Almost twenty years ago, the process of RNA silencing was discovered in plants, whereby small fragments of RNA inactivate a portion of a gene during protein synthesis. These fragments–called microRNAs (abbreviated as miRNAs)–have since been shown to be essential at nearly every stage of growth and development in plants, from the production of flowers, stems, and roots to the ways plants interact with their environment and ward off infection.
Flowers come in a multitude of shapes and colors. Now, an international research team has proposed the novel hypothesis that trade-offs caused by different visitors may play an important role in shaping this floral diversity.
A research team has created a computer model to understand how plants store energy in the thylakoid membrane, a key structure to photosynthesis in plant leaves. The team confirmed the accuracy of the mathematical model with lab experiments.
Scientists at Oxford and in Malaysia have just described a species of fairy lantern completely new to science.
Scientists have discovered how plants manage to live alongside each other in places that are dark and shady. Moderate shade or even the threat of shade – detected by phytochrome photoreceptors – causes plants to elongate to try to outgrow the competition.
An international study has revealed the structure of a membrane-remodeling protein that builds and maintains photosynthetic membranes. These fundamental insights lay the groundwork for bioengineering efforts to strengthen plants against environmental stress, helping to sustaining human food supply and fight against climate change.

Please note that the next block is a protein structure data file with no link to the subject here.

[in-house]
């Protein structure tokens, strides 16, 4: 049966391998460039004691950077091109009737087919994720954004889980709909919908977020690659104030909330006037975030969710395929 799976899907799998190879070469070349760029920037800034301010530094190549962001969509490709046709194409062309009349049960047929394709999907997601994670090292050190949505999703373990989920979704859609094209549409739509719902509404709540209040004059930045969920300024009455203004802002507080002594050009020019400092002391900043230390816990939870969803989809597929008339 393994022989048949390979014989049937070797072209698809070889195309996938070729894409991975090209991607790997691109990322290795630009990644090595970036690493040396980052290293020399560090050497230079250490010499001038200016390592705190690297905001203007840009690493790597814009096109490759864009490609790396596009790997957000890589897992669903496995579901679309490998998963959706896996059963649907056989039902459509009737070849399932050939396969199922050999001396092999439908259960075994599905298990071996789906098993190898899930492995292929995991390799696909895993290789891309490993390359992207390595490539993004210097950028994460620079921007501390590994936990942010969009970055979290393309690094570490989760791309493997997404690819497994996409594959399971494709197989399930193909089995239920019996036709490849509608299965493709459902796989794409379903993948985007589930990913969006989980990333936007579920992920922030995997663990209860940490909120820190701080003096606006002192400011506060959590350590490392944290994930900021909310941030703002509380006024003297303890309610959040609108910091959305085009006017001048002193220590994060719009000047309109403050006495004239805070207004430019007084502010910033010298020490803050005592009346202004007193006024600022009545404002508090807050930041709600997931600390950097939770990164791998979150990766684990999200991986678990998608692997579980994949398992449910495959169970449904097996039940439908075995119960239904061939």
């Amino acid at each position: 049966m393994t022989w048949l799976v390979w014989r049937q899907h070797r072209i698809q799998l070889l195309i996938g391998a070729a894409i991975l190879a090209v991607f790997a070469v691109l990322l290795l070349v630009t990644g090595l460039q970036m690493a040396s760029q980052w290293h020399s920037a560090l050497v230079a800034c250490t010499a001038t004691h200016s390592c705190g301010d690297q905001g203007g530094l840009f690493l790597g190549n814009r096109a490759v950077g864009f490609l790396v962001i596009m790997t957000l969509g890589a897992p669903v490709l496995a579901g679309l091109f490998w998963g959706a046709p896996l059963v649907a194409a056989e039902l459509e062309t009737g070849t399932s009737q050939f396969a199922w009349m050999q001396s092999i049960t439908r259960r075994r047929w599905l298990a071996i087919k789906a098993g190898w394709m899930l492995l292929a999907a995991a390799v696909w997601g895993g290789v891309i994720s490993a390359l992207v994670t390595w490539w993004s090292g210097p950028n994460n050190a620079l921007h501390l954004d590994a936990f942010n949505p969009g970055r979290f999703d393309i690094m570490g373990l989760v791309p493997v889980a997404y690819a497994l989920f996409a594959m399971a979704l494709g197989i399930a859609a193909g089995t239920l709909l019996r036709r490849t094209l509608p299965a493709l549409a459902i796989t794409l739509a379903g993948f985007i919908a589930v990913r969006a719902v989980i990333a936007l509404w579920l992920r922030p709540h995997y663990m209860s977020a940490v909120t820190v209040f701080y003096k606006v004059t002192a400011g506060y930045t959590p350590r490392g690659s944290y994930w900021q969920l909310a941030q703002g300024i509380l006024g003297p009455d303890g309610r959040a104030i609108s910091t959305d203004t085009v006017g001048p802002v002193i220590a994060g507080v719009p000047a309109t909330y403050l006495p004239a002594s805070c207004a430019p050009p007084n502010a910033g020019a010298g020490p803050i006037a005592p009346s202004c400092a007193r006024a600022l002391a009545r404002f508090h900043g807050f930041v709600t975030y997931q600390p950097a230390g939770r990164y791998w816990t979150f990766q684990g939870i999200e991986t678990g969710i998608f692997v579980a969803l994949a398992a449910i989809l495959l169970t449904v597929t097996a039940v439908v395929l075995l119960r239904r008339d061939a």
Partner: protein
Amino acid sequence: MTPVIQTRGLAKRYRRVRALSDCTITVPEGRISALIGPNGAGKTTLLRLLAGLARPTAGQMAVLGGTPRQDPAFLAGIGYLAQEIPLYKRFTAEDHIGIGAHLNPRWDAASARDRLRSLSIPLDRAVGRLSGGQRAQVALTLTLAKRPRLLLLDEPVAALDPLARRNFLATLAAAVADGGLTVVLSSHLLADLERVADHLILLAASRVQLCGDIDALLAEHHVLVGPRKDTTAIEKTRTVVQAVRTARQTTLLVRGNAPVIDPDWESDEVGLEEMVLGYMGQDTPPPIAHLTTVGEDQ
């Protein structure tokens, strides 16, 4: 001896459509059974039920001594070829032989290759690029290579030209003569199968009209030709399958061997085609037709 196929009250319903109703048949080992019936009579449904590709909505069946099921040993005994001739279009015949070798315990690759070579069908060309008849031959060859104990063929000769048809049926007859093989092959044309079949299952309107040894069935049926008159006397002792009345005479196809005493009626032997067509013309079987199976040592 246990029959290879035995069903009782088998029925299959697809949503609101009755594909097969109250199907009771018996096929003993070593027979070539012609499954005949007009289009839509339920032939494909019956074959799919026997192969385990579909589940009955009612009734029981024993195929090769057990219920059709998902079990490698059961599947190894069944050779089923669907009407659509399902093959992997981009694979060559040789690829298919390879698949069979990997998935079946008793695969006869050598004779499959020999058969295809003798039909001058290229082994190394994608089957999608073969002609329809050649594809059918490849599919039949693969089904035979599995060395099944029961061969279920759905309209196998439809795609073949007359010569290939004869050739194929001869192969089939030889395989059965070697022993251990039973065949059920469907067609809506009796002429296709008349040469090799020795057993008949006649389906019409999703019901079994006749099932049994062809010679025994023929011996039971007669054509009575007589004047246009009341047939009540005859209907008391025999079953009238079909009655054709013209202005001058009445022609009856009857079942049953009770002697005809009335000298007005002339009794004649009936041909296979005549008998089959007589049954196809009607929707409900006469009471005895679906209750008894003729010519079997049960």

The Musa genus, which includes over 70 species and around 1,000 cultivars of bananas, represents a globally important source of food and livelihoods. MusaNet collects and shares global resources on banana (Musa) across the whole value chain – from collecting germplasm to post-harvest qualities.
As well as bright colours and subtle scents, flowers possess many invisible ways of attracting their pollinators, and a new study shows that bumblebees may use the humidity of a flower to tell them about the presence of nectar, according to recent research.
The first plant embryo gene expression atlas at the single cell level was developed by a team of researchers. The work is a milestone on the way to uncovering the molecular mechanisms that determine how the most fundamental plant cell-types are established at the beginning of life.
Findings reveal how plants use a blend of genes, geography, demography and environmental conditions to evolve defense chemicals over time.